Prolonged wet soil conditions in parts of Kansas have resulted in large areas of some fields of corn turning (or remaining) yellow this spring – even up to the V8 stage or beyond. If the yellow color is due to nitrogen (N) deficiency, sidedressing will be needed.
This raises several questions. How much N will be needed? Should the N rate at sidedressing depend on the growth stage of corn? If urea-based products are applied, will it volatilize under current conditions?
The first question regarding rates is perhaps the most difficult to answer. This topic was discussed in some detail in Agronomy eUpdate No. 513, May 29, 2015: https://webapp.agron.ksu.edu/agr_social/eu_article.throck?article_id=584
Much of that article discusses the use of a chlorophyll meter or optical crop sensor, along with a reference strip for comparison purposes, since soil tests are of limited value for sidedressing purposes. If these practices are not available, producers will have to rely on other methods to estimate sidedressing N rates needed.
Supplemental N needs for individual fields may range from 0 to 100 lbs N/acre, but will vary greatly depending on soil texture, drainage, N source applied and when applied. The keys are what loss mechanisms were involved -- leaching on sands or denitrification on heavier soils -- and how much of the fertilizer applied had been converted to nitrate. Urea and UAN fertilizers convert more rapidly to nitrate under most conditions than ammonia, thus are more rapidly lost. A well-drained silt loam soil which had ammonia applied a week or two prior to planting will likely have much less loss than a similar soil with urea broadcast applied in February or March.
The need for additional N also depends on what the remaining yield potential is. Yield potential has been reduced in many fields by the early-season N deficiency/stunting, especially on early planted corn. Delayed planting has reduced yield potential in other areas. In both situations, N requirements will also be reduced. Potential yield loss is difficult to estimate, but a good starting point might be about one bushel/acre for each day the crop development is delayed by stunting or delayed planting.
If additional N is to be applied, it needs to be applied as soon as possible. Also keep in mind that rainfall will be needed to move surface-applied N into the root zone. But keep in mind also, that there is likely a significant amount of N remaining in most fields, which will carry the plant for a while, which is why many fields are greening up as the soil dries and oxygen returns to the root zone. Much of the N applied now will be to avoid N stress later in the season as the current depleted preplant supplies run out.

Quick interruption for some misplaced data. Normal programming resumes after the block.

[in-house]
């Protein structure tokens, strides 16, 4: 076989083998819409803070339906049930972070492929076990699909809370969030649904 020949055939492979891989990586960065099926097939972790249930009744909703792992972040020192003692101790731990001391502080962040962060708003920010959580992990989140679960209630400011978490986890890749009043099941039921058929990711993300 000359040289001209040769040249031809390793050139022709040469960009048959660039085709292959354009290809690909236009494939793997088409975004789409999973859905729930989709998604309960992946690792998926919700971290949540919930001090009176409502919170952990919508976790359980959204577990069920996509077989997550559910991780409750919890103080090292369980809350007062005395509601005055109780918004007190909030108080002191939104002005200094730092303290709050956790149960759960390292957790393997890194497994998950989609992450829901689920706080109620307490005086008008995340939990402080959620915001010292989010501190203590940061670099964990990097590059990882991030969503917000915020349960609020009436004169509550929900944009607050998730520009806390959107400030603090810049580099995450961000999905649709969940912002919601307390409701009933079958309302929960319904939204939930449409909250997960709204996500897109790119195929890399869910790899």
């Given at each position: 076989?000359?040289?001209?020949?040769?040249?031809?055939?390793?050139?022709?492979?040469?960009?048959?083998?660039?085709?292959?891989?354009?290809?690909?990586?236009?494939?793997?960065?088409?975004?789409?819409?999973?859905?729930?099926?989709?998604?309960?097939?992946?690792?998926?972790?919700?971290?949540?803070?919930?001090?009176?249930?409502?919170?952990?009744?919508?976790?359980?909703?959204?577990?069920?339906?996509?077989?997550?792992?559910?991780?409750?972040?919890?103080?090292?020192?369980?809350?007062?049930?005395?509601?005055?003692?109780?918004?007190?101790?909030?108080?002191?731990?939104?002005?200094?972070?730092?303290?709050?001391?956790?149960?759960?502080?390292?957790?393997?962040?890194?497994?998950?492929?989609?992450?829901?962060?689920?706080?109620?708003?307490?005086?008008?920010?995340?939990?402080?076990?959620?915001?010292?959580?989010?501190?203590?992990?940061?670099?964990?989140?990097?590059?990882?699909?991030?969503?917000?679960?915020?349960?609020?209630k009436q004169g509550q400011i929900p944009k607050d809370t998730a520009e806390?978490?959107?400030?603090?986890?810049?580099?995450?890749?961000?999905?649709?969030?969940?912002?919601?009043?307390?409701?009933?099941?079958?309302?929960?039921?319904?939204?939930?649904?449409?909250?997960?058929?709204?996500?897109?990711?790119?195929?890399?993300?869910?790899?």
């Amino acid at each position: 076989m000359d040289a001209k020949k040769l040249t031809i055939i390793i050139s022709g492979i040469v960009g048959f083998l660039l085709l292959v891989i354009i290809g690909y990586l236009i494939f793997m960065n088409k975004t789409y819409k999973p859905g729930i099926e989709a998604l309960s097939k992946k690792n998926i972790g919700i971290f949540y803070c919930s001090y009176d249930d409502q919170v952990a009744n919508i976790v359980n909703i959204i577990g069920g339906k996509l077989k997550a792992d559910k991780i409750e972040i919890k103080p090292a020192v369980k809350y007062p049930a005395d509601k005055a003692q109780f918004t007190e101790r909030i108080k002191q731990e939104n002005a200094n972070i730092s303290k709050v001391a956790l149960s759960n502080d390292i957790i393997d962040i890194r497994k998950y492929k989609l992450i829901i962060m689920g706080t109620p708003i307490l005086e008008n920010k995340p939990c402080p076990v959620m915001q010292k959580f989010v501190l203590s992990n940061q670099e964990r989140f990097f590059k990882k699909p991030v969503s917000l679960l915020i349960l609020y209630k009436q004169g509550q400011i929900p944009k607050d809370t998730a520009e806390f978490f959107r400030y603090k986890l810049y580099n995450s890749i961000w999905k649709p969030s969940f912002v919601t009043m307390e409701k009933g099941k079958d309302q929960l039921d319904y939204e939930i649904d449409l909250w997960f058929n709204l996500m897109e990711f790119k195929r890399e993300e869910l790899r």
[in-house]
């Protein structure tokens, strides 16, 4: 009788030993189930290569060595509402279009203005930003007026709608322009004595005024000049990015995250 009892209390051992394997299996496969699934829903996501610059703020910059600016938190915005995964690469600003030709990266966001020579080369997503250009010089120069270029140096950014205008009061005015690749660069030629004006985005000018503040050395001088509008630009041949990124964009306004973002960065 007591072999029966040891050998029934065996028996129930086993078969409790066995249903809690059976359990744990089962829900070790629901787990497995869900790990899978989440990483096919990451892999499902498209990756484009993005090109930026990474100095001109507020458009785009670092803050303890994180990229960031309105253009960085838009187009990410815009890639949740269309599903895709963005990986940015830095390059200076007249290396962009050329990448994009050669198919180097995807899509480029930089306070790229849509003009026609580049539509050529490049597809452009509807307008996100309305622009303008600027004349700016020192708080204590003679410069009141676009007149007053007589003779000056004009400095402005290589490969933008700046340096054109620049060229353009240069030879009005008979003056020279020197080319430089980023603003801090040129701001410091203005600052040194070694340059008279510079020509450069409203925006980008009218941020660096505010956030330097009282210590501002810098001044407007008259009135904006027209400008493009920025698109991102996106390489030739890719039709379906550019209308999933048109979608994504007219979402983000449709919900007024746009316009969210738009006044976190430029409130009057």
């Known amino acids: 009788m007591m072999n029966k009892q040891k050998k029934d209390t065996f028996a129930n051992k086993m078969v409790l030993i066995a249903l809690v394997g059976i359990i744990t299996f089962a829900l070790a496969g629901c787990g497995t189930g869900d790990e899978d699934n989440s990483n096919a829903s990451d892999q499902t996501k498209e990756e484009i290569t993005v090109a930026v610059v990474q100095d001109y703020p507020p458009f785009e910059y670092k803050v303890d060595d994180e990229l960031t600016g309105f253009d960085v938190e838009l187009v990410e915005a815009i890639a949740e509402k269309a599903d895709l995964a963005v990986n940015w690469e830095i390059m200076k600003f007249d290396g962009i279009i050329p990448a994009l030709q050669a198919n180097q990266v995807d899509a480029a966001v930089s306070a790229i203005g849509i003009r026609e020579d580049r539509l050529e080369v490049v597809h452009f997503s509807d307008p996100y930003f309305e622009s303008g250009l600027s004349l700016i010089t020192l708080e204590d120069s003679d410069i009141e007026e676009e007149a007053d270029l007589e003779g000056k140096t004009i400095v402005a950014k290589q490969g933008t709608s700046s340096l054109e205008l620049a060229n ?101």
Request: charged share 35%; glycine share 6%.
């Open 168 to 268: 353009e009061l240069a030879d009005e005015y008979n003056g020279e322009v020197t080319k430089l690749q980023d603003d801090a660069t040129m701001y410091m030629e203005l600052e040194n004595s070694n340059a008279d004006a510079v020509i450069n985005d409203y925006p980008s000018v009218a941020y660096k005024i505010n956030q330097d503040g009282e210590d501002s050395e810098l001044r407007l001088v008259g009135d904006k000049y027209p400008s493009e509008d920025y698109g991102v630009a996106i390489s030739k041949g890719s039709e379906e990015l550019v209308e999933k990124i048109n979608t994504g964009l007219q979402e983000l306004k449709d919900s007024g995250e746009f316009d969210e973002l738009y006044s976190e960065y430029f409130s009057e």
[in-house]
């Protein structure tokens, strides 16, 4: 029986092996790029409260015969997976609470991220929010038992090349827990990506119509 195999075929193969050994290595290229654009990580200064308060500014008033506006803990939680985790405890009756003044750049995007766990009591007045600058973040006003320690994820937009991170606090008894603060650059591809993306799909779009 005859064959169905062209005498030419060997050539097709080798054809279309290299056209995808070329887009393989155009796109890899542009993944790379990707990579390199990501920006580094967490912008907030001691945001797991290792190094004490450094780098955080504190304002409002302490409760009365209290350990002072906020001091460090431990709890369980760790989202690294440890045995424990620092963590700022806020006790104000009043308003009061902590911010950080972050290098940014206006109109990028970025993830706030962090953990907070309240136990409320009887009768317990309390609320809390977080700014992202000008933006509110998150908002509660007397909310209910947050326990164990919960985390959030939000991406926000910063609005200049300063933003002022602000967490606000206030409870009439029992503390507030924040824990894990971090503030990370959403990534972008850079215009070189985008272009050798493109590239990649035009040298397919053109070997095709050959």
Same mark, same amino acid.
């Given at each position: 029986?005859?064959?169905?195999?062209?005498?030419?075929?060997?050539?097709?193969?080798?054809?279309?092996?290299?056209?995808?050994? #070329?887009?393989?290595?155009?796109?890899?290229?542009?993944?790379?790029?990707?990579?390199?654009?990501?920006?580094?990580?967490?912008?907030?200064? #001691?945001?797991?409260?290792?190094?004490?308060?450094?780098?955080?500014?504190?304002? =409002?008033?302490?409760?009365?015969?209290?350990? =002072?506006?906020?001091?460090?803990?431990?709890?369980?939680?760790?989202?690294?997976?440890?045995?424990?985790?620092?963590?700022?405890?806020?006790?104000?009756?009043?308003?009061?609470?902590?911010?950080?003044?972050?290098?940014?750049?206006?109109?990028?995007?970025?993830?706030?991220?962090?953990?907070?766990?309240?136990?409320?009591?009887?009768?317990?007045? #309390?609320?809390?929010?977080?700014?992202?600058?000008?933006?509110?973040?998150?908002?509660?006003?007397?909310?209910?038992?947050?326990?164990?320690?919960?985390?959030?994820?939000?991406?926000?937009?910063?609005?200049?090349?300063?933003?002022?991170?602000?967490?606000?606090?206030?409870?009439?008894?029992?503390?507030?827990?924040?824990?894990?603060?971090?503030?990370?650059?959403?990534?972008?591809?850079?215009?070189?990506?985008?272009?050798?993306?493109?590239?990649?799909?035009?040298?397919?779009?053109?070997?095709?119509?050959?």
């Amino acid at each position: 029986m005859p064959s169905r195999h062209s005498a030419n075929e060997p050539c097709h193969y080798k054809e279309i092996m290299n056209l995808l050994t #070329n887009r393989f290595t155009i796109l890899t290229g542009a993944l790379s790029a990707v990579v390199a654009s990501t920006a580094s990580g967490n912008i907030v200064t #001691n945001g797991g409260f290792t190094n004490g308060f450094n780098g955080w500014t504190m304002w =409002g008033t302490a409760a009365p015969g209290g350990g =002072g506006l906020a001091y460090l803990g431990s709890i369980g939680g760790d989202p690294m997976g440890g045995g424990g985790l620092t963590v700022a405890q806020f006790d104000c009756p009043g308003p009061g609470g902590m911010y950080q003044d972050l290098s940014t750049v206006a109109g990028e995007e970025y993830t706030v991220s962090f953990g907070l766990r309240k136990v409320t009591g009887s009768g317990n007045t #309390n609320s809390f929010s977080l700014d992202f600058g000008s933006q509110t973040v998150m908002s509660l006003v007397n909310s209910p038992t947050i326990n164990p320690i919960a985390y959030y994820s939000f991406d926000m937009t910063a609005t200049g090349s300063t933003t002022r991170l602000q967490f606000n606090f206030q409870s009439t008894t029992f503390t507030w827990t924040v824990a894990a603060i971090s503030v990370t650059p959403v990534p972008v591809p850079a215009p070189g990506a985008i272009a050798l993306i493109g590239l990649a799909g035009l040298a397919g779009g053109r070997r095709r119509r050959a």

It is difficult to say exactly how much, if any, additional N needs to be applied. If additional N is going to be applied, our estimate would be that amounts will vary from 30 to 80 lbs N/acre for many situations this year, with lower amounts on productive, well-drained silt loams which received spring, preplant ammonia. Higher N losses will have occurred on poorly drained soils, such as clay pan soils, or on sands or sandy loams prone to leaching, and higher sidedress N rates will be needed in many of those situations. Fields that received broadcast urea in late winter/early spring will also likely need larger amounts of supplemental N.
There are a number of ways to apply nitrogen after corn planting:
A final comment: Make sure that the cause of the stunting and off color corn is N deficiency. Odds are that if the corn has turned yellow mostly in the lower lying areas of the fields and the fields have been saturated or extremely wet, it is N deficiency due to denitrification or leaching – or simply the inability to make planned applications of N. But there are other causes of yellowing to consider.
There have also been cases in eastern Kansas in recent years where yellowing in corn is due to potassium deficiency, especially in reduced and no-till systems. Nitrogen deficiency symptoms are exhibited on the lower leaves first, with the leaves yellowing from the leaf tips back down the mid-rib in an inverted ‘V’ pattern.
Potassium deficiency also develops on the lower, older leaves first, but causes the leaf tips and margins to “fire” and die. Both N and K deficiency often do not occur uniformly across the whole field, but in an irregular pattern.
Other possible causes of yellowing may be sulfur or zinc deficiency. With sulfur deficiency, first the upper leaves then the entire plant turns a pale yellow. However, an overall plant chlorosis can also happen when the corn roots are too wet and deprived of oxygen. In that case, the overall yellowing will mask any true nutrient deficiencies until the soil begins to dry out and roots are able to resume growth.
Dave Mengel, Soil Fertility Specialist
Dorivar Ruiz Diaz, Nutrient Management Specialist